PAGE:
To Italians the British must appear rank amateurs when it comes to political corruption. While British MPs fall on their swords over piddling expenses claims, Italian prime minister Silvio Berlusconi remains serenely in power, impervious to reports of his buffoonish antics, sleazy private life and questionable business dealings – but then it does help that he owns or controls most of Italy’s media.
A similarly unsinkable Italian politician of an earlier generation is the subject of Paolo Sorrentino’s daring biopic Il Divo, a surreal and sardonic portrait of the figure who dominated the country’s politics for much of the 1970s and 80s – long-serving Christian Democrat leader Giulio Andreotti.
At the age of 90, Andreotti remains a life senator in Italy’s parliament – despite standing trial on charges of colluding with the Mafia, despite accusations of being in cahoots with right-wing Masonic lodge P2, and despite being found guilty of ordering the contract killing of a journalist.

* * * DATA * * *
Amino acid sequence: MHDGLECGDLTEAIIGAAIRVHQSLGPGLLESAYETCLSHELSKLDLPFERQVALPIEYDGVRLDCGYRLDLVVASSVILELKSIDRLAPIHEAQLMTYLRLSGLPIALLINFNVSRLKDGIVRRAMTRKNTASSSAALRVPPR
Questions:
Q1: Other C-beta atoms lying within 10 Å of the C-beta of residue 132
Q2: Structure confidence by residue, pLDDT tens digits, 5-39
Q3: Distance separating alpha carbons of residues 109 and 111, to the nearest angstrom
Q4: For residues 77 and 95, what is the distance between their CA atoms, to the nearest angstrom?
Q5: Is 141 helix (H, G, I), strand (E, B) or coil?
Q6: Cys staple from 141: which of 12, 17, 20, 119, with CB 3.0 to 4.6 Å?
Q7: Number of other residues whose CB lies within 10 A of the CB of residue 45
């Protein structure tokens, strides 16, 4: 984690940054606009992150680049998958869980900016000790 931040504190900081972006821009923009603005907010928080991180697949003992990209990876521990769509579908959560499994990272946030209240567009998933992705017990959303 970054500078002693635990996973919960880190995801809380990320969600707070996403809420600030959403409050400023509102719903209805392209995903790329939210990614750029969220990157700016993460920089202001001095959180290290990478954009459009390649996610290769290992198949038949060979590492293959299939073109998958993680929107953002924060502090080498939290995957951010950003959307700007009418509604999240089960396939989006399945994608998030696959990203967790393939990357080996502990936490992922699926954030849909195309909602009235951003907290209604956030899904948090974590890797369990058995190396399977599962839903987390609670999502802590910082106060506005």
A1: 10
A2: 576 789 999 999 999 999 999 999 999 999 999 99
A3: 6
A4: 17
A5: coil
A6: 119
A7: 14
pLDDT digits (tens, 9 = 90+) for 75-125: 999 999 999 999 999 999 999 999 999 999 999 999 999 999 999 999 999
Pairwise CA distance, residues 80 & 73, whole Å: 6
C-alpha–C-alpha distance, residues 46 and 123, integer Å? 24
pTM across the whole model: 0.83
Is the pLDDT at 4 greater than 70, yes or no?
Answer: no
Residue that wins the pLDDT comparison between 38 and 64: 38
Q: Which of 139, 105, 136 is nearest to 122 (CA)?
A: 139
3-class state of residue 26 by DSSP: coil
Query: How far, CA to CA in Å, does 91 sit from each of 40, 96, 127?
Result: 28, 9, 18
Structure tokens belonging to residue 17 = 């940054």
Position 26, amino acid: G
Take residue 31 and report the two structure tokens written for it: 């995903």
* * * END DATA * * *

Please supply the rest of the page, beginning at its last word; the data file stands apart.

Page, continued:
A more conventional filmmaker would be defeated by Andreotti’s murky history, but Sorrentino’s flamboyantly Baroque approach – full of dazzling visual flourishes worthy of Scorsese in his pomp – delivers an indelible portrait. Brilliant in the leading role, Toni Servillo gets Andreotti’s look uncannily right, from his unmistakeable hunched shoulders and owlish spectacles all the way down to the weird pigeon-toed gait that makes him looks as though he is moving on castors.
Of course, no one as enigmatic and inscrutable as Andreotti is going to be pinned down by a film, but as anyone who’s followed Italian politics will attest, Sorrentino’s chilling, tragi-comic satire is painfully credible.
Opening with a shocking montage of assassinations, of politicians, bankers and senior policemen, Sorrentino then shows us Andreotti’s political cronies strolling (in slow motion) to a cabinet meeting and looking for all the world like cocky, well-heeled Mafiosi. As he reveals, though, in another stunning montage towards the end of the film, these wise guys all came a cropper in the Tangentopoli (Bribesville) corruption scandals that wiped out Italy’s political elite in the early 1990s.
Yet the mud never really stuck to Andreotti and Berlusconi became the beneficiary of the fallout from Tangentopoli – history repeating itself first as tragedy and then as farce. While British MPs blush over moats and duck islands, it seems Italy’s leaders have no shame.
Sorrentino gives us a brutal lesson in the workings of Italian power. Read more.
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